The past July 22nd, the National Judicial Forum “Human Dignity, Presumption of Innocence and Human Rights,” was carried out in commemoration of the World Day for International Justice, in the Auditorium of the Metropolitan Police in the city of Monteria in Columbia.
The main table consisted of the colonel Jesus Rodolfo Diaz, Commander of the Metropolitan Police of Monteria; Dr. William Soto Santiago, executive president of the Global Embassy of Activists for Peace (GEAP); Ivan Sarmiento, national coordinator of the GEAP in Columbia; Dr. Camilo Montoya, international coordinator of the Program “Justice for Peace;” and the lieutenant Angela Soto, coordinator of the Human Rights Office of the Metropolitan Police of Monteria.
Mr. Colonel Jesus Diaz was in charge of the welcoming words for the people that assisted, who emphasized the fundamental role that the members of their institution will have in the process that will be carried out in Columbia at the root of signing the agreements of peace.
Transitional justice, Social State of Right, genocide, and ecology of peace, as transcendental topics in the stages of post conflict
Dr. William Soto Santiago was in charge of the first intervention, who referred in his presentation the importance of detecting warning signals to prevent genocide, always emphasizing that the work of prevention is carried out from educational values.
«We cannot ignore the warning signals; because if we ignore them, when we come to realize it, genocide will already be perpetrated. And let’s remember that Justice always comes after a crime has been committed, to penalize, but no one returns the lives sacrificed.» -Dr. William Soto Santiago.
Dr. Camilo Montoya, made a historic outline with characteristics about the different models in the existing State, to conclude that Justice is a foundation of peace in the Social State of Right; and that is equally important to keep mind that without truth there is no justice.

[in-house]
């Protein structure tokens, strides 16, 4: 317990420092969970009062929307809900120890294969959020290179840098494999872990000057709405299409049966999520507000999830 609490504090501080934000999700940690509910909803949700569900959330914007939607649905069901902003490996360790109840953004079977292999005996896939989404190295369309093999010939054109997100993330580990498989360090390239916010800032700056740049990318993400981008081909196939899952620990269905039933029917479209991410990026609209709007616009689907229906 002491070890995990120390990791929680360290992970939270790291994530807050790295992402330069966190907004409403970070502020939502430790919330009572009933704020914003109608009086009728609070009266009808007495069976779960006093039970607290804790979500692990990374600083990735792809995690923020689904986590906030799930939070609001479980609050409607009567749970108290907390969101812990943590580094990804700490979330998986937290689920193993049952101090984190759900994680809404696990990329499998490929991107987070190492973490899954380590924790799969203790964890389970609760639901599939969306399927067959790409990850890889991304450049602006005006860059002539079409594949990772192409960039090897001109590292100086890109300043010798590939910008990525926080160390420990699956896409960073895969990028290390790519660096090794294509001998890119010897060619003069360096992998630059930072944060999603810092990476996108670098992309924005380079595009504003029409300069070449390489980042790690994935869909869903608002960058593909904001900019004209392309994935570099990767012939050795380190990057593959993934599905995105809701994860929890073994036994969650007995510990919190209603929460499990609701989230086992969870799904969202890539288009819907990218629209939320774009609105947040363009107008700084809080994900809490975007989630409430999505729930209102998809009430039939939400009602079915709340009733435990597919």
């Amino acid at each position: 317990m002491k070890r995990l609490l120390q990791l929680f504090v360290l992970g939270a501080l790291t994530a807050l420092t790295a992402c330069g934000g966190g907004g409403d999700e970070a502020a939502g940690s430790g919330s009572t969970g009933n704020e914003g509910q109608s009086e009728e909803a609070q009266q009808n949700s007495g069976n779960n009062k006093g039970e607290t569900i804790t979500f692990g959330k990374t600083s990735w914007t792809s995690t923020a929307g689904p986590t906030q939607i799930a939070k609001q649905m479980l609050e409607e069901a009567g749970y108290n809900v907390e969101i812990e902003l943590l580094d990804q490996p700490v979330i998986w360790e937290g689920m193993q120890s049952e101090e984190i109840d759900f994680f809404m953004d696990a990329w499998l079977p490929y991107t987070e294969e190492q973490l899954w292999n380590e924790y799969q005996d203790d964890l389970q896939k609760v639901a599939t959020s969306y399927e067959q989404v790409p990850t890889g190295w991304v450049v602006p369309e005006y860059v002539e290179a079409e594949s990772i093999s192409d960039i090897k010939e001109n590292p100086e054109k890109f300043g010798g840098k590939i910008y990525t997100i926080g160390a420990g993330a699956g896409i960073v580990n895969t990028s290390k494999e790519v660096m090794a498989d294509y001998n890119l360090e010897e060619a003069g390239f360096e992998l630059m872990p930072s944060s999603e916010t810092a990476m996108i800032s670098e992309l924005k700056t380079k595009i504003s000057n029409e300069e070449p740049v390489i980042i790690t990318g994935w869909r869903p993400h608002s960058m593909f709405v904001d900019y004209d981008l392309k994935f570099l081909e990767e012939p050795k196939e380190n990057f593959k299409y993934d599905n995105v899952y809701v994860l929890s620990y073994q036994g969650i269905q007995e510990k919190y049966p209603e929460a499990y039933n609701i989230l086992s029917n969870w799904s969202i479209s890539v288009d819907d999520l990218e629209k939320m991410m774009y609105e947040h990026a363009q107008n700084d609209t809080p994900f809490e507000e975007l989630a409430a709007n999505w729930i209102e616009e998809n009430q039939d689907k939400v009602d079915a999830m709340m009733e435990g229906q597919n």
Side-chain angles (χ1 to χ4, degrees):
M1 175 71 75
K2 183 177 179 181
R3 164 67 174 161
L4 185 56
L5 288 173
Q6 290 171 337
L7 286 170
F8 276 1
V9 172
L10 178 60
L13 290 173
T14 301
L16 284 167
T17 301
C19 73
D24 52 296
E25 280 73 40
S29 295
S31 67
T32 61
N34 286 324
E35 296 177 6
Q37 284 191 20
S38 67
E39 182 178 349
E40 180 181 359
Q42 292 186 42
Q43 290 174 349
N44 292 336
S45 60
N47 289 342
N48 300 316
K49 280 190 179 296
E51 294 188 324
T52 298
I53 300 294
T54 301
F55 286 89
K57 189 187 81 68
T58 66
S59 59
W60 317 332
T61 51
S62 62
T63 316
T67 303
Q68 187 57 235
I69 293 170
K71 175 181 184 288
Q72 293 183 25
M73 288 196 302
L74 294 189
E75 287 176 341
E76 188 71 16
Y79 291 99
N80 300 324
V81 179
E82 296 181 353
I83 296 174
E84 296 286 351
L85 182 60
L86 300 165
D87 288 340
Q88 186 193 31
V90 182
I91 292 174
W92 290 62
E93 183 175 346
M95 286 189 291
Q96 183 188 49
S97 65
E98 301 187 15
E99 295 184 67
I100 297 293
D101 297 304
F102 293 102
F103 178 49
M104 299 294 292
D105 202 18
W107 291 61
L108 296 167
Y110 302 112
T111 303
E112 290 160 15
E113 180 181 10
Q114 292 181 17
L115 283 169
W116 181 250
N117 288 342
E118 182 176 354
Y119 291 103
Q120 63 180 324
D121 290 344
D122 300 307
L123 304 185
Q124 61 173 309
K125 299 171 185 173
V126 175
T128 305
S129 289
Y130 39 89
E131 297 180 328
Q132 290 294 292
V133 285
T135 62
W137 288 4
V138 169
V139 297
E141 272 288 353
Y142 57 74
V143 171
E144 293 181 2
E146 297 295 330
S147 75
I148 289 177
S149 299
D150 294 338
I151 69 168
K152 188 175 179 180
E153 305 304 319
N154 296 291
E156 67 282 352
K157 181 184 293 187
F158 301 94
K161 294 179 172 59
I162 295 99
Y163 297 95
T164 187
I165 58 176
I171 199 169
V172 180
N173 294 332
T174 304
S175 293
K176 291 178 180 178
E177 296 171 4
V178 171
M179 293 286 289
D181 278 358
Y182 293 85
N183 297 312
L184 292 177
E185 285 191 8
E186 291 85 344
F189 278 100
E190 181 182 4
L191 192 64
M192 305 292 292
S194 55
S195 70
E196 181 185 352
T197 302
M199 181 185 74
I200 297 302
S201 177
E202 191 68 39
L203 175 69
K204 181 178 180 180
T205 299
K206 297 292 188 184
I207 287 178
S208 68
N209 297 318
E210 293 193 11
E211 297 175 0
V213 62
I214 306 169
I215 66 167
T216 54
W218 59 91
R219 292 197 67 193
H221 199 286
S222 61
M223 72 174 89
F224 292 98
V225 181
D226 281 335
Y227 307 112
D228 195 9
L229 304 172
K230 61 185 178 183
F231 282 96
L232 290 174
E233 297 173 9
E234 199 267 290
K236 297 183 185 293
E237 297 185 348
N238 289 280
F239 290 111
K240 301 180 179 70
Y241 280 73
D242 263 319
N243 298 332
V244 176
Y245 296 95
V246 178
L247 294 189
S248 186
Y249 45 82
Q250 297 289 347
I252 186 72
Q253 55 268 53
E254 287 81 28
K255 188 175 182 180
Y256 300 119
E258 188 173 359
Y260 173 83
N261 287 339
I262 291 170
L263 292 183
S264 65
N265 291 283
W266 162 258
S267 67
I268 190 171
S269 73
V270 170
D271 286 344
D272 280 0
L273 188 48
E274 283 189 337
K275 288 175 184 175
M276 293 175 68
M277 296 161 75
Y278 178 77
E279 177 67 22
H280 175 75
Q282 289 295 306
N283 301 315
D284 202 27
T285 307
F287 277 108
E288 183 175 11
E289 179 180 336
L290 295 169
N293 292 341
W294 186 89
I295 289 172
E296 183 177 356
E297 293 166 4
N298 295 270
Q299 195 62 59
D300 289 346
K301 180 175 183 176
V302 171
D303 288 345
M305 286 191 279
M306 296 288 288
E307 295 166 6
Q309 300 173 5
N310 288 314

«Columbia has its own conditions and characteristics. This agreement that is being carried out has some sui generis characteristics, which also makes the transitional justice of Columbia have some special characteristics.» -Dr. Camilo Montoya Reyes.
For Dr. Maria Cielo Linares, transitional justice has five components, the first of them is penal persecution, followed by truth and memory, the compensation to the victims and the institutional reforms; but above all, with a guarantee of no repetition.
«The transitional justice (...) it is not a distinct justice, it seeks human dignity, it seeks to protect that. What happens with transitional justice is that it is applied in the special contexts in the national convulsion, that requires exceptional steps.»
Superintendent Carlos Pacheco Castro, in his participation on “Transitional Justice in Columbia,” emphasized that peace needs to be long lasting, sustained in the time by the State. It must seek the restoration of the social network and not only in the retributive model or application of the act and penalty, which would leave the victim a side, a situation that needs to avoided in the case of the transitional justice.
The last intervention was in charge of indigenous leader Ati Quigua, who in her presentation on “Ecology of peace and ethnocide” made a call for the disposition and intercultural dialogue, the acknowledgment of juridical pluralism and good relations among the special indigenous jurisdiction and the ordinary jurisdiction.
For her, the difficulties of the indigenous people eradicate in the full acknowledgment of their rights so that they are seen as a community, with importance in their territories.
«To acknowledge the armed conflict is a very important step; but I believe that the foundation for a country will be to recognize the environmental conflicts.»
The objectives of the Program “Justice for Peace,” highlight the importance to examine justice head on and strengthen its independence, autonomy, and effectiveness, concluding that it is necessary to make an analysis of respect to human dignity, the presumption of innocence, and the characteristics of transitional justice in the Colombian context.